Christmas always elicits fond memories from my childhood.
But today, as a parent, I turn my attention towards my children and find great joy in watching them revel in anticipation of Santa and the presents under the tree.
As a psychologist, one of my goals is to help clients bring their life back into balance.
However, this Christmas, my children are reminding me of a strategy that not only allows people to feel more balanced but helps them to get in touch with their true, authentic selves.
The strategy that my fantastic five-year-old twins are reminding me of is the value of play, and the role that fun has in reducing stress and bringing me back to my true self.
Winnicott and the Power of Play
Donald Winnicott (1896-1971) was a child psychiatrist who talked about the concept of True self versus False self. He says that everybody is born with a True Self – the happy, innocent, problem-free, creative, curious, and playful human qualities that are most evident in childhood.
Over time, though, as the child gets older and becomes an adult, the child loses connection with their True Self. What then emerges is a False Self. The False Self is the part that’s often associated with being orderly, mannerly, proper, and behaving in ways that will help the person fit into society.
What’s important to remember is that the role of the False Self is to protect the True Self. The False Self emerges to help the child (or adult) cope with their environment.
A person’s True Self never goes away. It only remains hidden and covered up by the False Self.
Play Exposes the True Self
Winnicott strongly believed that when an adult engages in any activity that resembles play, it helps the adult reconnect with their true, authentic self. In other words, the True Self emerges when we find activities that allow us to have fun.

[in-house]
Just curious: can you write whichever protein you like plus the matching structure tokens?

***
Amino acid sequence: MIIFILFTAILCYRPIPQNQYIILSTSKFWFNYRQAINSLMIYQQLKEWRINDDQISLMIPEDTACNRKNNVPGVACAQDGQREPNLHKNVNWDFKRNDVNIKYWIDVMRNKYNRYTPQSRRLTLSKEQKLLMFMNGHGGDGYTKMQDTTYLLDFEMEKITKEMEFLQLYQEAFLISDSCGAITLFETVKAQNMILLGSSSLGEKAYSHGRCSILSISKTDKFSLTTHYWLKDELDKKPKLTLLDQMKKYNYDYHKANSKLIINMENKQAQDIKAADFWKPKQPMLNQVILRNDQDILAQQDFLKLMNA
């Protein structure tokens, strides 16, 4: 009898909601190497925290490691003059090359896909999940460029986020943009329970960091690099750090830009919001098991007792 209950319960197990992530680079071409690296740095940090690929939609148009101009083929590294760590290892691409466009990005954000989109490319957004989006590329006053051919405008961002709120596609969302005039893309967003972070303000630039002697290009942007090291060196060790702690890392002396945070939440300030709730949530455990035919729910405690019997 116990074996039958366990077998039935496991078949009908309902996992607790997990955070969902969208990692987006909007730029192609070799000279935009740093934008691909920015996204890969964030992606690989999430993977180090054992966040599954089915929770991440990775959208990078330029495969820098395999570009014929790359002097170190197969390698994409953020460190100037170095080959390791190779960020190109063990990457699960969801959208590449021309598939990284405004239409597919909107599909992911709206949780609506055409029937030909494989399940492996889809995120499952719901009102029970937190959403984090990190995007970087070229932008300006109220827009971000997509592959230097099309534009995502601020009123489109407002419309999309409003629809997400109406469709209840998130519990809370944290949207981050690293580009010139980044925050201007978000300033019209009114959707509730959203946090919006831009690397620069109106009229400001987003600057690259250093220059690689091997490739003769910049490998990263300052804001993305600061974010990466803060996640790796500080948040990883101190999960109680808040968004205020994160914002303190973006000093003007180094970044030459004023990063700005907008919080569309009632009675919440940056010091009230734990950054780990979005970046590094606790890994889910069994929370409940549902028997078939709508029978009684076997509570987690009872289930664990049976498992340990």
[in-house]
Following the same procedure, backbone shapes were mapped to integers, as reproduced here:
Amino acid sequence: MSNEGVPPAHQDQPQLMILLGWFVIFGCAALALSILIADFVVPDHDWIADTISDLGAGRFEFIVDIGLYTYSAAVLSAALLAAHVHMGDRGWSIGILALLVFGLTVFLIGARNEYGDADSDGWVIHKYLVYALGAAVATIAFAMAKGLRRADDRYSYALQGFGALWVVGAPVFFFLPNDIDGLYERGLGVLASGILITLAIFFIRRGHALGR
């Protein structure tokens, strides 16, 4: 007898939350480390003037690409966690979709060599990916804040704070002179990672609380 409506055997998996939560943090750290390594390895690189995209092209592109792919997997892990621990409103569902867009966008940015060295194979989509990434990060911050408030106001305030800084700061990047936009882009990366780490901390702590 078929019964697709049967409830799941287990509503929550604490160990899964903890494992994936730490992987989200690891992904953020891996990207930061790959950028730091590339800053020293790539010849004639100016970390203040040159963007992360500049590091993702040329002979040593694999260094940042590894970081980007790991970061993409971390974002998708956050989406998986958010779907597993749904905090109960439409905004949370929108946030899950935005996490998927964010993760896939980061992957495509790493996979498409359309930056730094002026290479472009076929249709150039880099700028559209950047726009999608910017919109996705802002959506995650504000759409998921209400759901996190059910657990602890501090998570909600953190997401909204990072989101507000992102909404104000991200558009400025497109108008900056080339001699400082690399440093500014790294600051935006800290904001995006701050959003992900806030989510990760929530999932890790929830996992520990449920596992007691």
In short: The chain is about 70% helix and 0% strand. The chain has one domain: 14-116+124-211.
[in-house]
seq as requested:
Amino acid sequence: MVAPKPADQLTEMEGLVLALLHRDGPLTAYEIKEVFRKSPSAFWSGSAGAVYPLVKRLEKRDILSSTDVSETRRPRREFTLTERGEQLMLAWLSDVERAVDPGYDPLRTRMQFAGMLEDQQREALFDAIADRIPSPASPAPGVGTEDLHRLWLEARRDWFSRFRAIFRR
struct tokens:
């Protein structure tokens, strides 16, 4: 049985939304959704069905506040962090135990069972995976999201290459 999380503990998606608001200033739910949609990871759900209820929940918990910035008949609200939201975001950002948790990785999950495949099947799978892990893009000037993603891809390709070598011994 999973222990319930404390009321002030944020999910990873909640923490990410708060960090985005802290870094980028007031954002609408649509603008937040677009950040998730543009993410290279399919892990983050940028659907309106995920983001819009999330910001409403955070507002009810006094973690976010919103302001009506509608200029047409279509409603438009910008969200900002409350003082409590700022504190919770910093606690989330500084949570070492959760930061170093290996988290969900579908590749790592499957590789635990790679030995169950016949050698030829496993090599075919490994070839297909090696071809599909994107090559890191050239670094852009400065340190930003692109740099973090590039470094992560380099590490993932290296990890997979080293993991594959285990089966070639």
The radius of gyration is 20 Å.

Whether it’s engaging in physical activity (such as playing a sport, participating in fitness classes), being creative (painting, drawing, writing, listening to music, singing backup vocals to your favourite tune), hanging out with friends, or playing board games. Any different activities that remove you from your day-to-day world can help you to connect with your authentic self.
When you spend time connecting and having fun with your children (whether they are two years old or 30-years old), you bring yourself back down to a younger level, which helps you reconnect with your True Self.
And when you spend time playing and doing activities that bring a sense of enjoyment and pleasure to your life, you are reducing stress and bringing yourself back into a more balanced state.
I hope your Christmas and the holiday season allow you to laugh and play and provide you with an opportunity to reconnect with your True Self.